We also worked occasionally with people from the Elders Lodge that is located in St. Paul. The elders lacked transportation and income, so their participation was dependent on getting a ride and a voucher. When those needs were provided, they were enthusiastic about buying as much produce as possible. The Healthy Feast at Little Earth was held concurrent with the weekly Farmers’ Market, and several people left as soon as they received their vouchers to go buy vegetables at our market.
Having youth run the markets continues to be a powerful motivation for them to learn about vegetables, nutrition, organic farming, and our program. Before opening each market, we talked about the vegetables we were selling, easy ways to prepare them, and their benefits in a healthy diet. The youth took great pleasure in answering questions correctly, demonstrating their new expertise. Afterwards, they often asked to take home vegetables to their families, especially carrots. Kids love carrots!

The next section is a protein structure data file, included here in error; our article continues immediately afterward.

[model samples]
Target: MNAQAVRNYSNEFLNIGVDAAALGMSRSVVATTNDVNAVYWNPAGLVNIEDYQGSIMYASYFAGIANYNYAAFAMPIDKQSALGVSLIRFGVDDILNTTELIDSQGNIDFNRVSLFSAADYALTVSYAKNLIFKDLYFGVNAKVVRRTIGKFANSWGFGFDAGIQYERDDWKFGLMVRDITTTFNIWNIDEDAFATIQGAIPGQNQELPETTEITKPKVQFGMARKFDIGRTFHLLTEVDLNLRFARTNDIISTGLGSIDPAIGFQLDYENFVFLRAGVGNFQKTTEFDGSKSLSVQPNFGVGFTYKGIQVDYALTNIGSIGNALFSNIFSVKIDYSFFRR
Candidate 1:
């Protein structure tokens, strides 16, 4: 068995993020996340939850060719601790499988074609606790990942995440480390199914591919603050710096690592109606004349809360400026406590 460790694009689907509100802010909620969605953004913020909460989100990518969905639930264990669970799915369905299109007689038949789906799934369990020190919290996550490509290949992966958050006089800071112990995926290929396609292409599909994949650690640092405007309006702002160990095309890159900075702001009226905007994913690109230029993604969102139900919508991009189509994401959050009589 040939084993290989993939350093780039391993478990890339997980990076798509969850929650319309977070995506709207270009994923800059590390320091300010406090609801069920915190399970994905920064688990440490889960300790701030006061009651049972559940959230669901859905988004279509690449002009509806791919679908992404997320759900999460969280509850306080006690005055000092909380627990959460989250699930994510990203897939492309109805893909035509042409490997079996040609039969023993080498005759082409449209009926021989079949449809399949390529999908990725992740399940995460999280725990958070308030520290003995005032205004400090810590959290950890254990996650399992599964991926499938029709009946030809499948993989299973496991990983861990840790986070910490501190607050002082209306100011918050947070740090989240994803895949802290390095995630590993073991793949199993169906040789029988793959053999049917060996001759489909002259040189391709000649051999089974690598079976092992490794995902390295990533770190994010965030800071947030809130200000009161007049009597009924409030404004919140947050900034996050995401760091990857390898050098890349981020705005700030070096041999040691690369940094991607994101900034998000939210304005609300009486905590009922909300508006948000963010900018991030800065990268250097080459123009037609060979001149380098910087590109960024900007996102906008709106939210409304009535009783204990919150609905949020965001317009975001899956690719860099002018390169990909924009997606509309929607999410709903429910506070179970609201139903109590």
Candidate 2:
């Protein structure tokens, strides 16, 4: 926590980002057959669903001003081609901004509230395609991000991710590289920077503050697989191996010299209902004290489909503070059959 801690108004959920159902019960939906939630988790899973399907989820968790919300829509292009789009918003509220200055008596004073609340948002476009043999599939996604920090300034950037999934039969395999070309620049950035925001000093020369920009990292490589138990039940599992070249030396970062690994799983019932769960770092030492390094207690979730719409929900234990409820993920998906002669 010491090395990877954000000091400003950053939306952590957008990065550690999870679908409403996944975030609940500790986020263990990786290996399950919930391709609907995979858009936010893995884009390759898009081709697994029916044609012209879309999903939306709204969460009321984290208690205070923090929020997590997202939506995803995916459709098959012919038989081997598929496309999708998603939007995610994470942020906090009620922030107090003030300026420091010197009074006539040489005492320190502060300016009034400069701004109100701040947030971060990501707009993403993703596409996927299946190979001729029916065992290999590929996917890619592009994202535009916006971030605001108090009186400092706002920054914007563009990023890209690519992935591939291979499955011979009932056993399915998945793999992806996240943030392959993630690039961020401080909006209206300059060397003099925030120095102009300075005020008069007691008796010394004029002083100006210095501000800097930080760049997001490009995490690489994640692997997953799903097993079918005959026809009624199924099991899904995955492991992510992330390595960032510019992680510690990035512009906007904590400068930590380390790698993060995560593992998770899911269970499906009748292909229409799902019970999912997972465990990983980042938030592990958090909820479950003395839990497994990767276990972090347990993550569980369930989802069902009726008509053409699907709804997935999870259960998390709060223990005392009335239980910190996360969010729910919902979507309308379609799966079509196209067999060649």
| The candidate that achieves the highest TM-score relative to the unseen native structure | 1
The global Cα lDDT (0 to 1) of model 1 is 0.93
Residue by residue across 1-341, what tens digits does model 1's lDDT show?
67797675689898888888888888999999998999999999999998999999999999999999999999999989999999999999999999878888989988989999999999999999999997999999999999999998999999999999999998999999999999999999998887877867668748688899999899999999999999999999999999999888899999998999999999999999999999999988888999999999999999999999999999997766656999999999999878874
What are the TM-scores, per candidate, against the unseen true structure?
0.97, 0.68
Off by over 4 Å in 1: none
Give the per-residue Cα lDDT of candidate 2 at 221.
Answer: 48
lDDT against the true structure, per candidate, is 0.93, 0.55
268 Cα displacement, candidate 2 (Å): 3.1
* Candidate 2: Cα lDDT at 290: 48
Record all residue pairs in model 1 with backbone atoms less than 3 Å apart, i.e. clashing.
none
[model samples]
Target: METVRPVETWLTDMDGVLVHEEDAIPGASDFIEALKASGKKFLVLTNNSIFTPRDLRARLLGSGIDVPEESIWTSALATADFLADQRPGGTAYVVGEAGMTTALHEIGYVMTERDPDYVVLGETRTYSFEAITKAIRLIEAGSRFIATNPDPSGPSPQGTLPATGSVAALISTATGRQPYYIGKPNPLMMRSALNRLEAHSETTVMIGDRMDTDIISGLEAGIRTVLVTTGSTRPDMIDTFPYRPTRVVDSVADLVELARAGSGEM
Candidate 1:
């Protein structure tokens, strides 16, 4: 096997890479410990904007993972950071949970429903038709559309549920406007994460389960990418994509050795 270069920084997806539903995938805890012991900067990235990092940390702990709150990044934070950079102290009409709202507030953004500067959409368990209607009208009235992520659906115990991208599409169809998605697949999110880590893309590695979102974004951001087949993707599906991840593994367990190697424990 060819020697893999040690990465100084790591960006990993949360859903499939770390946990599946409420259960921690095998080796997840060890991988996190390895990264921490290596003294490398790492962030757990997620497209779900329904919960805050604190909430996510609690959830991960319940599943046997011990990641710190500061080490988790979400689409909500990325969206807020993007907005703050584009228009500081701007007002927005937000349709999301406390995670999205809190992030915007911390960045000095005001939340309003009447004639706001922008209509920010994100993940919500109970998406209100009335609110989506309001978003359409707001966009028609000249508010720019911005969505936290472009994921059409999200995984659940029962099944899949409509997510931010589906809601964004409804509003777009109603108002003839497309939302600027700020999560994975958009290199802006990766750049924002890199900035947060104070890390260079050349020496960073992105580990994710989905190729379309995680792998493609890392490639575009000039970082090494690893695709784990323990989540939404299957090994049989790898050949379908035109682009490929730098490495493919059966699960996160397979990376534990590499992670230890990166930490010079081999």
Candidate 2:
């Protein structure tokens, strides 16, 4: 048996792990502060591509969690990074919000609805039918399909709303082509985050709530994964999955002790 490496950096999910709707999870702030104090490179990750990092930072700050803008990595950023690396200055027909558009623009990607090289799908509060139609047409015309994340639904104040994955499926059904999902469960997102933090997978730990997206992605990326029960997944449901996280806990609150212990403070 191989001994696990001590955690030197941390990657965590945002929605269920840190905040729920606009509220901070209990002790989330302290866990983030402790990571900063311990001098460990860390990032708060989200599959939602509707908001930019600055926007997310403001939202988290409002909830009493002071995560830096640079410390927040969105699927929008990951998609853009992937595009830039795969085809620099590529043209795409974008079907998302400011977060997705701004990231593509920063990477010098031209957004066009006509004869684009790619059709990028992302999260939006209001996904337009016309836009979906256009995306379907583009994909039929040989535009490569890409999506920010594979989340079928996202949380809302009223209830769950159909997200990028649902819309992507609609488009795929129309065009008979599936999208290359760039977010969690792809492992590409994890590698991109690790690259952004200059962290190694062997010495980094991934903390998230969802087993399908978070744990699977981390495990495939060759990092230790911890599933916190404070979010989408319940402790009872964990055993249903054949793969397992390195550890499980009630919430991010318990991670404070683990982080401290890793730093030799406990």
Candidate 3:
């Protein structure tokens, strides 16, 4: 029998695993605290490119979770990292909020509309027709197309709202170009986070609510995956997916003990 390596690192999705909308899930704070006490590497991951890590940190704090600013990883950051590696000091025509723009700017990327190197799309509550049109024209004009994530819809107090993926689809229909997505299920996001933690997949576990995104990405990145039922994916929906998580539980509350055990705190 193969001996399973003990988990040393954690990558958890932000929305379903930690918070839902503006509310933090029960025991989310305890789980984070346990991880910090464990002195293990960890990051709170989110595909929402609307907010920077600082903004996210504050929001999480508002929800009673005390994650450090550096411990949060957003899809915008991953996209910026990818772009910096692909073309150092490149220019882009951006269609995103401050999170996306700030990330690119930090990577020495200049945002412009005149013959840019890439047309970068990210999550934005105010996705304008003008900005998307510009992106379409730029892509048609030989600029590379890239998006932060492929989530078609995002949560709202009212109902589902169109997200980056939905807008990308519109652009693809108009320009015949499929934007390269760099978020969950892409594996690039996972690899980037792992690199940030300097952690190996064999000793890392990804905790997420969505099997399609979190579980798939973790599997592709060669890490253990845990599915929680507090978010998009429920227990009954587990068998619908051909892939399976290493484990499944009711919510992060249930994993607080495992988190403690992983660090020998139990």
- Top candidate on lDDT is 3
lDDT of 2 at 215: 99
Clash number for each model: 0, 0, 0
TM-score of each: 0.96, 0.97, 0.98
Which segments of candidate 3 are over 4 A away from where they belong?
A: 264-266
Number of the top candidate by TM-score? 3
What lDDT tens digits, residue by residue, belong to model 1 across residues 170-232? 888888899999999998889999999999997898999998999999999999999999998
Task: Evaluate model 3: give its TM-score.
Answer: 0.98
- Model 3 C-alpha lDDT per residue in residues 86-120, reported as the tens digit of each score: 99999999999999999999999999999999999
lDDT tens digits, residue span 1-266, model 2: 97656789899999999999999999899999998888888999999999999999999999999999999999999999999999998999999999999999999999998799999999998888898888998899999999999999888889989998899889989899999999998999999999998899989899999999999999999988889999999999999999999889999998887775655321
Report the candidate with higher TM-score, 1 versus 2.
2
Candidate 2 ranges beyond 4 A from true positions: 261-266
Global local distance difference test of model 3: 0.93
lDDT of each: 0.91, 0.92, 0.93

WORK PLAN FOR 2010
While the SARE grant was for a single year, we are using the results of this project in planning for next year’s Farmers Markets. We already have a commitment in place to continue working with AIFC, potentially expanding our collaboration to include their work readiness program participants. We have a meeting set up to review the market experience at Little Earth, and to brainstorm plans for next year. We saw a slow but steady increase in sales at both locations through the summer, and we believe that we can build on this trend. We plan to continue to improve the visibility of the markets with banners and permanent signs. We’re also working with the Youth Leaders to give them a stronger role in the off-season planning for 2010.
We continue to share information from this project with our partner organizations as well as with other groups who are interested in or are working with food accessibility issues in various communities. We’ll include a brief article in our upcoming Fall Harvest newsletter that is distributed to 1,200 people on our mail list. We plan to attend several conferences on food issues this fall, with an anecdotal summary included in our presentations.